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2sxc 9.33 for DNN 7 to 9
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2sxc App vs. 2sxc Content - Which One Should I use?

Technically both the App and the Content module could be used for the same things - but you shouldn't, because they behave differently and provide a different UX. Here's an overview.

Purpose of the Content Module

This module is specifically meant for all the kinds of uncomplicated content like images, text/image combinations, page-decoration, a video, various content-links and more. 

You'll quickly see that the App is more powerful, but you really shouldn't use it for simple stuff, as the UX of Content is continously optimized for the simple use cases and feels much quicker / lighter to use than the slightly heavier App implementation. 

Purpose of the App Module

Apps are like DNN Modules on Steroids. They can be used for almost everything that DNN Modules could be used for, but they provide many advantages like

  1. Loads of data-features (like data-management, import/export, versioning, multi-language, etc.)
  2. Razor development instead of WebForms
  3. Built in REST and capabilities for custom WebAPIs
  4. Best practices and APIs for JavaScript, Angular, React based applications
  5. Integration with Git, npm, grunt, gulp, bower
  6. Automated deployment helpers for packaging the app
  7. Automated asset management with ADAM
  8. …and way more

Different User Experience

Because of this different purpose, many functionalities for the site editor are optimized to each use case. For example, inserting the Content Module will result in the editor doing the following

  1. choose what he/she wants to insert - the initial choice is the Content-Type (a Person, a Picture, etc.)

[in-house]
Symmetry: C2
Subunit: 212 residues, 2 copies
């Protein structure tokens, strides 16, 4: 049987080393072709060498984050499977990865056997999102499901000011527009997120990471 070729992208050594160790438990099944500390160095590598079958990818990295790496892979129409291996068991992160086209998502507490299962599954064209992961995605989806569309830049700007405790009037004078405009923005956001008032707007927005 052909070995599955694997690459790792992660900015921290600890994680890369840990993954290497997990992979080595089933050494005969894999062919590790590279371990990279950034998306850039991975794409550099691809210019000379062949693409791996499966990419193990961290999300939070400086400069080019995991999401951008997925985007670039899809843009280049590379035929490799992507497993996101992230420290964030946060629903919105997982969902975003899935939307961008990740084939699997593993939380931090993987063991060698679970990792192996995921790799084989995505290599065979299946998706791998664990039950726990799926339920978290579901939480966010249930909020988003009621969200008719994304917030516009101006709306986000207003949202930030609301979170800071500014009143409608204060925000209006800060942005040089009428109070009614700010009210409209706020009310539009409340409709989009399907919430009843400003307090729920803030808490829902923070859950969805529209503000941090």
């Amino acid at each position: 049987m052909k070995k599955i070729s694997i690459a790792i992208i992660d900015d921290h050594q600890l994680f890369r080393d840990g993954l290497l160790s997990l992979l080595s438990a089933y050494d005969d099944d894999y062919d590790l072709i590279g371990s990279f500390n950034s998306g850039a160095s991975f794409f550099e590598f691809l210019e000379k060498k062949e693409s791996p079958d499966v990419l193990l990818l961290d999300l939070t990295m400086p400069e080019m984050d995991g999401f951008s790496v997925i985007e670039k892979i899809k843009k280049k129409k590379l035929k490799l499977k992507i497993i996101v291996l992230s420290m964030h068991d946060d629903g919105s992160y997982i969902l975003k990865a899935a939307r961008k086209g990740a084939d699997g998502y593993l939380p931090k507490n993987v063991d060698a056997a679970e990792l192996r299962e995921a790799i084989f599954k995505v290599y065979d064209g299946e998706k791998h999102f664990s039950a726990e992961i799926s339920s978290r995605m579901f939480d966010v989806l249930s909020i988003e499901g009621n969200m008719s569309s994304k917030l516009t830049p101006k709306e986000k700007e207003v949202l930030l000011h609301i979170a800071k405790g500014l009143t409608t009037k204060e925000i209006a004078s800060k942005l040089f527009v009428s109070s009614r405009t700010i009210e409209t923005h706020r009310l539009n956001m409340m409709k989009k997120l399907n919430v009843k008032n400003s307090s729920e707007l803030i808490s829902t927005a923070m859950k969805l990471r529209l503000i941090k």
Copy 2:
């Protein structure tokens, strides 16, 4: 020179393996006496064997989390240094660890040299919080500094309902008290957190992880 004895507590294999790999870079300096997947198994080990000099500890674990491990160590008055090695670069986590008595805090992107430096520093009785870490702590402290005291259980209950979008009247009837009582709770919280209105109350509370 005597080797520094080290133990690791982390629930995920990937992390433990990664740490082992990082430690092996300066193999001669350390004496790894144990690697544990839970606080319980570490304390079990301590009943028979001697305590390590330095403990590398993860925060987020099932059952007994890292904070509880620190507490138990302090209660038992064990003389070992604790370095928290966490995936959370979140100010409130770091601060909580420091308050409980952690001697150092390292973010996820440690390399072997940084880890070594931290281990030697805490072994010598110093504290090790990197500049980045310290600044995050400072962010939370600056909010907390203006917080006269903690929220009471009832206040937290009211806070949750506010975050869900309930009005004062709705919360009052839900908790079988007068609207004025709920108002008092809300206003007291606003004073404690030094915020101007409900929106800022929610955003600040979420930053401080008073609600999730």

2. choose how he/she wants to layout this content-type

On the other hand, a more complex App would be very confusing to insert like this. Imagine if a blog-app asked the editor "do you want to insert a blog-post, a tag or an author?" as the first question. This would be very confusing. Because of this, the sequence on the App is:

  1. choose which app
  2. choose which view

The view will then determine if this is a one-item view (like a view called "Author-Details) or a list-view (like Blog-Posts). It will also determine what data is to be shown, often showing many different content-types (like Posts and Tags) in the same view.

Different AJAX Reloading

Editing items in the Content-Module will automatically use AJAX to reload the view. This is fast and cool. But the default on the App is not AJAX, because App-views are often so complex, that an AJAX-reload might not work (because of page-initialization) or maybe should be done differently, by just reloading the JSON-stream. So to implement AJAX on your app-views, you must turn this on manually using this setting:

Different Features Enabled in Admin

Various advanced App-Module features are disabled in the admin section of the Content-Module. We did this because otherwise developers who don't know about this separation would quickly mess up. The main features disabled in Content are:

  1. WebAPI - you can't create your own WebAPIs in the Content-App
  2. Visual Data Query (aka Pipeline Designer) which is needed to query data is not available in Content
  3. Automatic View Switching using URL parameters is disabled in Content, because that is usually needed for list/details scenarios, which are better placed in an own App
  4. App Resources (for multi-language templates) are not enabled in Content, as these templates usually don't have labels or buttons.
  5. App Settings (like app-wide configuration values) are not enabled in Content, as these 

TL;DR

I hope this cleared up some misconceptions and helps you develop awesome solutions which best serve your editors and users.

Love from Switzerland,
Daniel


Daniel Mettler grew up in the jungles of Indonesia and is founder and CEO of 2sic internet solutions in Switzerland and Liechtenstein, an 20-head web specialist with over 800 DNN projects since 1999. He is also chief architect of 2sxc (see github), an open source module for creating attractive content and DNN Apps.

Read more posts by Daniel Mettler